If the material condition on the primary datum is at RFS, seen as ○S , then the feature control block would appear as ##STR3## where D is a hole or boss. In the examples set forth herein, datum D is a hole as seen in FIG. 12. Physically the hole 46 controls the orientation of the mating part by forcing the axis of the mating part to be parallel to the axis of the datum hole (or boss). Once the datum and the mating part are oriented correctly, the mating feature is only allowed to rotate about the axis established by the datum. No translation is allowed as with the MMC modifier ○M hereinbefore described. This is illustrated in FIG. 13C, e, a wherein rotation about the ZT axis only is allowed. Thus, the RFS feature specification, in this instance, mathematically reduces the amount of allowable motion between the part 41 and its mating part from an uncontrolled six degrees of freedom condition to a single degree of freedom condition ZTR.
The CIG system checks the syntax of the ANSI standard dimension call-outs as mentioned hereinbefore. Referring to FIG. 14, a machined part 54 is depicted having an array of 7 holes indicated at 56. As seen in FIG. 14 the datum B is a lip or boss on the part 54. Referring to the box call-out, it may be seen that datum B is not modified by either a maximum material condition ○M or a regardless of feature size ○S symbol. This is error since the condition of the boss is not defined completely without one such call-out and it cannot therefore be a useful datum. The same would hold if B was a datum hole. The box must therefore appear as ##STR4## The system recognizes the error, indicates it on the system display and prompts the user to correct the tolerance call-out to appear in the aforementioned proper form.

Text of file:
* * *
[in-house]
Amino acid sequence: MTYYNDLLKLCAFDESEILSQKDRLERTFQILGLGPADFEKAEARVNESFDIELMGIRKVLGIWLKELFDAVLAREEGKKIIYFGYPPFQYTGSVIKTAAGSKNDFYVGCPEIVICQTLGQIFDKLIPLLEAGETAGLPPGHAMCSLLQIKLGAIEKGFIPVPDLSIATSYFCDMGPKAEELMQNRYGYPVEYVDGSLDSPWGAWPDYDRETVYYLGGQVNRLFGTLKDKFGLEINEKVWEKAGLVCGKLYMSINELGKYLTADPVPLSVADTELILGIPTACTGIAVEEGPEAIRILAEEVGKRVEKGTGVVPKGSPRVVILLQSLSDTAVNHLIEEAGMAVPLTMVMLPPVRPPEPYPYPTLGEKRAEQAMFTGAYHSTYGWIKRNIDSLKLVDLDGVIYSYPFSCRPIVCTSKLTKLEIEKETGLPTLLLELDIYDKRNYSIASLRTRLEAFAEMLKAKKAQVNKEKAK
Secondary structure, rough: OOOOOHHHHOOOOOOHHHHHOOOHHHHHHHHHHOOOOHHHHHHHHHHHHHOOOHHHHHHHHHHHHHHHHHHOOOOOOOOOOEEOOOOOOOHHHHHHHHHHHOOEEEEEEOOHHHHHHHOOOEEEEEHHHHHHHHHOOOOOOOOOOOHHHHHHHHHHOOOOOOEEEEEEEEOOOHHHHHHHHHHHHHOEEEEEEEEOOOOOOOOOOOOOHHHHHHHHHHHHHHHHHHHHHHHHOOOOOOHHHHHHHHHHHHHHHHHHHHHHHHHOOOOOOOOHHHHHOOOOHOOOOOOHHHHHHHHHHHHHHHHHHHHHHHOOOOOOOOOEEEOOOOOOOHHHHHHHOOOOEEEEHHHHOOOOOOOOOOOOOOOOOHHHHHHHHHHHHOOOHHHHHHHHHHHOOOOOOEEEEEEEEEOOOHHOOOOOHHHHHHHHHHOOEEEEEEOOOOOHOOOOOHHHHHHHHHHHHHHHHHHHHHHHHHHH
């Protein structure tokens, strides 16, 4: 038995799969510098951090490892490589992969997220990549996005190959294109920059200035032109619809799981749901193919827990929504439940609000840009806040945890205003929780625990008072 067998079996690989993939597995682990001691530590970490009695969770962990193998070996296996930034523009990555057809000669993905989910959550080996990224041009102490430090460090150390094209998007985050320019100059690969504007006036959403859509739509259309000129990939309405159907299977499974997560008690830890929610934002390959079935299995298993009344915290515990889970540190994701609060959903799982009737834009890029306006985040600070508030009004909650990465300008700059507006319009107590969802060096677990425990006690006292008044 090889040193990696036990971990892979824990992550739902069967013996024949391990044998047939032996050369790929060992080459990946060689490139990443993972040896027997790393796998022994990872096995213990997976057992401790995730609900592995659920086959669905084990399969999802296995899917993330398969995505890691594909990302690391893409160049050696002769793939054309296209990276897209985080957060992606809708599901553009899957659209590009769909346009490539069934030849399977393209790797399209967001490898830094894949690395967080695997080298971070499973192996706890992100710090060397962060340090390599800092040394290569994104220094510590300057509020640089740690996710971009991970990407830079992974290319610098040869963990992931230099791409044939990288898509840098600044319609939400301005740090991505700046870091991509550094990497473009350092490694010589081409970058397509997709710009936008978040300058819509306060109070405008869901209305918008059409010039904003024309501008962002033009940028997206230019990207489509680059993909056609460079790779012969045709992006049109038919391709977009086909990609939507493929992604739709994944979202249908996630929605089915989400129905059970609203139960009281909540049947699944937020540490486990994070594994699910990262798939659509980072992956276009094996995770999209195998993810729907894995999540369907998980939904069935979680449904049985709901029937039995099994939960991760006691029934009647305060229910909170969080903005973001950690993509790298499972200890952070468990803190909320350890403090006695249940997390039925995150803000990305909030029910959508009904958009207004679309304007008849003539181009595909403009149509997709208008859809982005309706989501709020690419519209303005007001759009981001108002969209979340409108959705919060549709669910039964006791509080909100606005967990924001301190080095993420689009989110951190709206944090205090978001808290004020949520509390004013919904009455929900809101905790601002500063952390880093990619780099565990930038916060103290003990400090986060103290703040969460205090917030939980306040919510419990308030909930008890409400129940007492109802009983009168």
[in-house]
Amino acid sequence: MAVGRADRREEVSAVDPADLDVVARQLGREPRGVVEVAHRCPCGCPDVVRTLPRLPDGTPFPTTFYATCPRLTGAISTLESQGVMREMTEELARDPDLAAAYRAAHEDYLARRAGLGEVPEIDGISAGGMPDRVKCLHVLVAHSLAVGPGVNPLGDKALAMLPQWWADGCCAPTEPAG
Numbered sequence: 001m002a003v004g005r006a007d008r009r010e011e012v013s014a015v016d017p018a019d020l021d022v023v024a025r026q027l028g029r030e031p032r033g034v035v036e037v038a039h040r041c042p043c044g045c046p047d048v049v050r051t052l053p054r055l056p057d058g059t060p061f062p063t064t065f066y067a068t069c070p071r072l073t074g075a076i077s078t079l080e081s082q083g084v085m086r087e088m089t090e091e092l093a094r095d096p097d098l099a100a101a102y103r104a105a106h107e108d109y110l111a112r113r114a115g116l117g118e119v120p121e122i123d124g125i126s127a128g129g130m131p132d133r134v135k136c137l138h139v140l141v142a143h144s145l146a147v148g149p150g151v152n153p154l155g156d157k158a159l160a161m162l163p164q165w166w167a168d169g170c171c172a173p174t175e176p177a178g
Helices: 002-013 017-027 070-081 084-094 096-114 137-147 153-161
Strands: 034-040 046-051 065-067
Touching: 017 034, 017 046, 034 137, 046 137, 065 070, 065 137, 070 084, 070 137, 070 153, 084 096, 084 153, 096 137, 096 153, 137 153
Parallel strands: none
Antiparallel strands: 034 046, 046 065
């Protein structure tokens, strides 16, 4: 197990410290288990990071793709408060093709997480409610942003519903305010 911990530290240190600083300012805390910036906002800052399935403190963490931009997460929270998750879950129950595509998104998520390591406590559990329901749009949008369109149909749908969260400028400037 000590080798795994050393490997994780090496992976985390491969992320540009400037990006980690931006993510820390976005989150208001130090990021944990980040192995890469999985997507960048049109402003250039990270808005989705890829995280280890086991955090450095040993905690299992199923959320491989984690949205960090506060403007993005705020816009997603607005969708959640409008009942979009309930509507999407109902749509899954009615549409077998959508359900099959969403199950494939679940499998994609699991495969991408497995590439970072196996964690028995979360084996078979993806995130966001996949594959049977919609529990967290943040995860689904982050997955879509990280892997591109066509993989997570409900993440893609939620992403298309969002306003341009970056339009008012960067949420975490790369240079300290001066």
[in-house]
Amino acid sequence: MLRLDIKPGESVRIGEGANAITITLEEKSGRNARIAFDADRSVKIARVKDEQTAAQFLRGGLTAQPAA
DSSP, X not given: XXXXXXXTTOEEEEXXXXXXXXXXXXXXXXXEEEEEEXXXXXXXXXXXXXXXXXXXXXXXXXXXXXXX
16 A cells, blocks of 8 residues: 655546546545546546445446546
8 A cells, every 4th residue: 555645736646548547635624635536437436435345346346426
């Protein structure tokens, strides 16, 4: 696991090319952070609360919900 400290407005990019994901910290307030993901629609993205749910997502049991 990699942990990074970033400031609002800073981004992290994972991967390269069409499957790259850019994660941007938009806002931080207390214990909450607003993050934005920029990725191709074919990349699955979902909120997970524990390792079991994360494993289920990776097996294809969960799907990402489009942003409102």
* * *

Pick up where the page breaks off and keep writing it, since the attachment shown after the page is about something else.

With reference to FIG. 15, an ANSI standard call-out is shown for two threaded holes 57 in the part 54 wherein the hole diameters are toleranced at maximum material conditions. While this is not outright error from the standpoint of the tolerance standards, the holes are threaded and the ○M call-out would require measurement of the thread peaks and the thread roots for conformance. This is clearly impractical from both a measurement and a use standpoint. The generated system inspection gage will not recognize the maximum material call-out. All that is needed is proper positioning of the fixed fastener which will engage the threads. The system therefore displays a warning that the system inspection gage will be generated at "regardless of feature size" and prompts the user to substitute ○S for ○M at the hole diameter true position tolerance.